For tonight, severe thunderstorms are possible the first half of the night. Please refer to products from the National Weather Service for up to date information. The offices that cover this state are OKX (NYC/LI office) for the southern half, BOX (Boston/SNE) for most of the Northern half, and ALY (Albany/Hudson Valley) for the NW Hills. As far as temperatures, low temps really depend on when skies clear. Since I do not have a ton of confidence either way, I'll split the guidance, and go for lows ranging from the mid 50s to lower 60s.
For tomorrow, we're in between systems. I'll go solidly higher than guidance, since we have a high launch point, and I really don't buy the models that show lots of clouds. Any clouds would be from Dorian, probably be of the high variety, and not arrive until late in the day. So they won't have much of an effect on temperatures. Highs should be in the mid to upper 70s.
Tomorrow Night/Fri: A lot of this forecast depends on the future track of Dorian and also its potential interaction with a trough. There are three distinct scenarios at play here. The first is Dorian passes well east of the area, with no apparent effects at all. For now, that scenario is being dismissed, especially for Eastern CT, since Dorian is growing in size, and for a complete miss, it would have to track well to the east, which does not look plausible right now. The second scenario is Dorian misses east, but a PRE (predecessor rainfall event) sets up and gives the state some rain, possibly heavy East. The final scenario is Dorian fully phases with the trough, strengthening him and pulling him further west, with obviously, much stronger impacts for the entire state. I do not want to really go that route yet, since it would take perfect timing. However, seeing what the latest ECMWF model does really does give me pause (that this could be a viable solution). For now, I'll go with scenario 2 and incorporate a little of Scenario 3, pretty much splitting the difference between the ECMWF and GFS models. This gives the entire state rain later Friday into early Saturday morning, with potentially heavy rain in Eastern CT. I'll also add wind gusts to 40 MPH for Western CT and 50 MPH for Eastern CT for now. It is hard to imagine not needing at least a wind advisory for at least the Eastern third of the state . For temperatures, I'll go a couple degrees below guidance, especially below the GFS, since I think that model is not showing enough rain. Expect high temperatures generally in the upper 60s.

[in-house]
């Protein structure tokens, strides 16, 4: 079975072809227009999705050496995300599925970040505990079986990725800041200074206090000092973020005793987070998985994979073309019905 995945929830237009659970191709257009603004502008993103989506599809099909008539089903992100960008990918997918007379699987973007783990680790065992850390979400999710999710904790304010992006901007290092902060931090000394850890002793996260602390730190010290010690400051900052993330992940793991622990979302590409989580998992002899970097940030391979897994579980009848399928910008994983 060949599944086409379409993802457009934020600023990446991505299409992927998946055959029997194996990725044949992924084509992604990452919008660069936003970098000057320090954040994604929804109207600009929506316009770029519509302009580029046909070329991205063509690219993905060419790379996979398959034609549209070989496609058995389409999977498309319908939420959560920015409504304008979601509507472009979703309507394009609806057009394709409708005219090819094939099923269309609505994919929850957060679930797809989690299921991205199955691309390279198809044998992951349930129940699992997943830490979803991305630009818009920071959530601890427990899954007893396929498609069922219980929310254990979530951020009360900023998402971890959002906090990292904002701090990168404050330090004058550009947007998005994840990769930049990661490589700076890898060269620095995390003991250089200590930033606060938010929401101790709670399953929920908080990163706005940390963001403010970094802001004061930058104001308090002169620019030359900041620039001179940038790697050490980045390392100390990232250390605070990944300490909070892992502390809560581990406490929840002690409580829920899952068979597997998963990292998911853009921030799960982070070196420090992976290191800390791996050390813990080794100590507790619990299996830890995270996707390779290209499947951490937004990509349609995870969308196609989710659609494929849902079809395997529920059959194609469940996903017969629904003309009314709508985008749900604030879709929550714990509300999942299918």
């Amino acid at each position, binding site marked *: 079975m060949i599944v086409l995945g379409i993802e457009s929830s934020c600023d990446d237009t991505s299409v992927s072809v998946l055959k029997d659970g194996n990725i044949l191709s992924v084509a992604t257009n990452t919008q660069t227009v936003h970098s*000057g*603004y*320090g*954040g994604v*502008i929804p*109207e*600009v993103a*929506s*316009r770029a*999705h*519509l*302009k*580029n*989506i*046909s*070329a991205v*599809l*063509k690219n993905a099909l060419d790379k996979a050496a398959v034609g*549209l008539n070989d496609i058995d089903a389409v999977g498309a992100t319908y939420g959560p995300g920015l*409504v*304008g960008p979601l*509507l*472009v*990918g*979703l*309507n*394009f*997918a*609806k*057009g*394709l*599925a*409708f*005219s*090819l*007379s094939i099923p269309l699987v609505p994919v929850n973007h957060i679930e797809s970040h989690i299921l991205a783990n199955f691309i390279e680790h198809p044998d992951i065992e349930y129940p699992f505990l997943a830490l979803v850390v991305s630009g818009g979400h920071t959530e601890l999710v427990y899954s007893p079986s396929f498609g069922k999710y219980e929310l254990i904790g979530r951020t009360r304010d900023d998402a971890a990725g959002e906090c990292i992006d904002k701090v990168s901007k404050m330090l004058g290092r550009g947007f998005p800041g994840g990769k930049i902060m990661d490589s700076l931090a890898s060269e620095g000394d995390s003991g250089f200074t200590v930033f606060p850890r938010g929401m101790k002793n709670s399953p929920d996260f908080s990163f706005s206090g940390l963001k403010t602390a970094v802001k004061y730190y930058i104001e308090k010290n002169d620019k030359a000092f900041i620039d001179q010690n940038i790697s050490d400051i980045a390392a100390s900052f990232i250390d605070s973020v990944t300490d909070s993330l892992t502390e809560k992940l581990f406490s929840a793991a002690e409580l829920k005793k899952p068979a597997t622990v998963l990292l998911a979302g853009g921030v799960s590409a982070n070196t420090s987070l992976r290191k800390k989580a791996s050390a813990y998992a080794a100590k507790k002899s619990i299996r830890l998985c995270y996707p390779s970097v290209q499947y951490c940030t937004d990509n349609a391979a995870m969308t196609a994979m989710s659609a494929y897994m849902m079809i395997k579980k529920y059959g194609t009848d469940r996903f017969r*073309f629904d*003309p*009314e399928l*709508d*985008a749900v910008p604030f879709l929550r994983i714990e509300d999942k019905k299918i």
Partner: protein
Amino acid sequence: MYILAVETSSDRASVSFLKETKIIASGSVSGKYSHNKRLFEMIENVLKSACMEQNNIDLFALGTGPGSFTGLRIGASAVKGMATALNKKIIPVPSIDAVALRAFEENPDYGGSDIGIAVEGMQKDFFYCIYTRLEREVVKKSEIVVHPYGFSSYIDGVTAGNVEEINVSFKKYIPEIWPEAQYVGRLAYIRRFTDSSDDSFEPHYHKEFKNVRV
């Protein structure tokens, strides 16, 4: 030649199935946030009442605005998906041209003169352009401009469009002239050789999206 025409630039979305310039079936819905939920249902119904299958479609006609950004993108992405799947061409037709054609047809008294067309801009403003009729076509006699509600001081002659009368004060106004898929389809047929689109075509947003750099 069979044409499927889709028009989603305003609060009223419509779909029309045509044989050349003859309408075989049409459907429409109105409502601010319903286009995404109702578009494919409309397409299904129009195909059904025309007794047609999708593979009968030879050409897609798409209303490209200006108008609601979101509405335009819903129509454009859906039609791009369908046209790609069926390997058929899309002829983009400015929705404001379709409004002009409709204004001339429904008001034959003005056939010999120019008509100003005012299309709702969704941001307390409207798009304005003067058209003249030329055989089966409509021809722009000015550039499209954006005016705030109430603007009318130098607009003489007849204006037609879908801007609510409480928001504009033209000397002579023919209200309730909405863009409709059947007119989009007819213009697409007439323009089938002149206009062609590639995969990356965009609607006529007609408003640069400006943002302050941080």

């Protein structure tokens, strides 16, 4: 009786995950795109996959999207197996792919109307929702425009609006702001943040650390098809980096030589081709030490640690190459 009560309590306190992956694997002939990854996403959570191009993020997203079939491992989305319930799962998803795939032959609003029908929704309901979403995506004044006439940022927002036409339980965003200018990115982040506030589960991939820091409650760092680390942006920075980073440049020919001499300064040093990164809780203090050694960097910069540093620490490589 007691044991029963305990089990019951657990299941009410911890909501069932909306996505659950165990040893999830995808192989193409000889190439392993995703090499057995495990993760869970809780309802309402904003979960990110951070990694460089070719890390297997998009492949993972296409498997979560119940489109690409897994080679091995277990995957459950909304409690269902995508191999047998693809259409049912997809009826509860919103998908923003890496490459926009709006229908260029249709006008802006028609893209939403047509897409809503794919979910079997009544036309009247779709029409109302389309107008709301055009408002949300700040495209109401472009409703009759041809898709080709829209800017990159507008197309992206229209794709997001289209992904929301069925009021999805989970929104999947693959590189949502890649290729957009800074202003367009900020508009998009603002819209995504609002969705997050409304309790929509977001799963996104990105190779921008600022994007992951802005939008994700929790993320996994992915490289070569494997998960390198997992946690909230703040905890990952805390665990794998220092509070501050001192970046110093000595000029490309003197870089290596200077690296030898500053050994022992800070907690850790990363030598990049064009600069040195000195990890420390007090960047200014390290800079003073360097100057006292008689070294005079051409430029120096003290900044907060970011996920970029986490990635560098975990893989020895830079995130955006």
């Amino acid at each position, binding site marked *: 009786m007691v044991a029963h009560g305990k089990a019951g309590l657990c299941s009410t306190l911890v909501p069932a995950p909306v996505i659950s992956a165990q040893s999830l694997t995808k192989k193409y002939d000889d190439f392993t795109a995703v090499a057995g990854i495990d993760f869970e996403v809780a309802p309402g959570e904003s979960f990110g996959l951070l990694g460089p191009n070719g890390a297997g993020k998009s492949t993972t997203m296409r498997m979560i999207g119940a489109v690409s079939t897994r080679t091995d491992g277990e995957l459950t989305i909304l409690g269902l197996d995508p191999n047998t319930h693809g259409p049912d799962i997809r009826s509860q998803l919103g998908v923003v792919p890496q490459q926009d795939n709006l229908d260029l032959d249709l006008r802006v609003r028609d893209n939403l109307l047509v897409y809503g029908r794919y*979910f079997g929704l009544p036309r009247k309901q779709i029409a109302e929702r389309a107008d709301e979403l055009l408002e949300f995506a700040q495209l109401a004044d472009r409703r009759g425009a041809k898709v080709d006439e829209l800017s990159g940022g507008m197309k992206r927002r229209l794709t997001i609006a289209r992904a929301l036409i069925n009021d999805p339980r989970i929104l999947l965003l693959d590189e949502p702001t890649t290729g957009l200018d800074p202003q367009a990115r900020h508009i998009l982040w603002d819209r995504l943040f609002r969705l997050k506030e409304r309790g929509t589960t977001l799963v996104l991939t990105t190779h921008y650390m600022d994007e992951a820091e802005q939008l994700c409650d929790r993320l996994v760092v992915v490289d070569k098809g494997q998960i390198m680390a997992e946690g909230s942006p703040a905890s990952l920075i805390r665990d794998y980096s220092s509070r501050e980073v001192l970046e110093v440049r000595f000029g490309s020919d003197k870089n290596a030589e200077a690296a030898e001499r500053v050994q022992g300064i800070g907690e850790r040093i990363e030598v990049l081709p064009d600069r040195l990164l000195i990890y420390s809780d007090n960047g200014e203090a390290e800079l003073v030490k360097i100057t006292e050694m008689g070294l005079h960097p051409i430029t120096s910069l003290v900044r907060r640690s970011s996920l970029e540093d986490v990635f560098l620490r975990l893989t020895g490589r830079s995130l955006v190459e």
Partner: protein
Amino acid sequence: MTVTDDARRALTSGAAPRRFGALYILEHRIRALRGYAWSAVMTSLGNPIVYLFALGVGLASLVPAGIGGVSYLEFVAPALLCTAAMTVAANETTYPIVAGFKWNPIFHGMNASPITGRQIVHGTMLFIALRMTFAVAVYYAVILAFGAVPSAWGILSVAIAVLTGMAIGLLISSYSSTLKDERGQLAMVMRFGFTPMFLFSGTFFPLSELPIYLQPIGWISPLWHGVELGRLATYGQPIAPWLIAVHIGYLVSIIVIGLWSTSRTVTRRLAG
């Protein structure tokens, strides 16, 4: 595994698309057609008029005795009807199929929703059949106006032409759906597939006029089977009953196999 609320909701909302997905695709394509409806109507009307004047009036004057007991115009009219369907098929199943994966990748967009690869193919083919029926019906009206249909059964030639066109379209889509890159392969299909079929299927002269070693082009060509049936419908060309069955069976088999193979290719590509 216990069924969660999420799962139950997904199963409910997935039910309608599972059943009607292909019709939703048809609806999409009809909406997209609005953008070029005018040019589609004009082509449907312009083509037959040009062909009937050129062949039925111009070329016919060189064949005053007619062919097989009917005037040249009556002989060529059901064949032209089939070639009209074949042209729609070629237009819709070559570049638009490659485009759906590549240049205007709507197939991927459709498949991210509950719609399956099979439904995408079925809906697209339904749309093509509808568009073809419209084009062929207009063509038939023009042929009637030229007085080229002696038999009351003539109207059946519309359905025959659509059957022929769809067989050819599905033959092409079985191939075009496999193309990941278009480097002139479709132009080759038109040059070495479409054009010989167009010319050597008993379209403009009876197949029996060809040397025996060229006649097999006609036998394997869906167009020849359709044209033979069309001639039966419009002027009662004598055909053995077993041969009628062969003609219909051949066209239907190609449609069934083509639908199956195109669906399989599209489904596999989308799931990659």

After whatever Dorian does to the state finishes early Saturday, expect a long stretch of nice and calm weather across the state. There are a couple slight chances of precipitation early in the week, as a series of very weak cyclones rotate across the Western Atlc. This could create enough of a marine layer to produce a few periods of light rain or drizzle. But for the moment, chances remain low enough to not include in the forecast.
As for temperatures, for most days in the extended, I stayed fairly close to guidance, with just a tweak here or there. The only exceptions being Monday and Wednesday. I went cooler than guidance both days, in fact, significantly cooler for Wednesday. On these two days, gridded data is showing strong maritime flow, yet the statistical guidance seems to not be picking up on it. So here are the ideas for temperatures in the long term:
Saturday: mid 70s
Sunday: mid 70s, but cooler NW hills and South coast.
Monday: 70 to 75.
Tuesday: mid 70s, but cooler NW hills and south coast.
Wednesday: near 70, except warmer in the I 91 corridor.
In the long range, some of the modeling is hinting at a return to the pattern we've had most of the summer, as fronts buck up against a building Atlc ridge. If that happens, expect a return to warmer and stormier than normal weather, at least for several days.
Now, let's look at some of the systems slated to affect our region in the coming days. First, we'll look at tonight's cold front. Then we'll look at Hurricane Dorian, and what the ECMWF model tries to do with it.
Regarding tonight's cold front, you can see that basically all of New England gets at least some rain. Radar watching will determine who gets the biggest storms.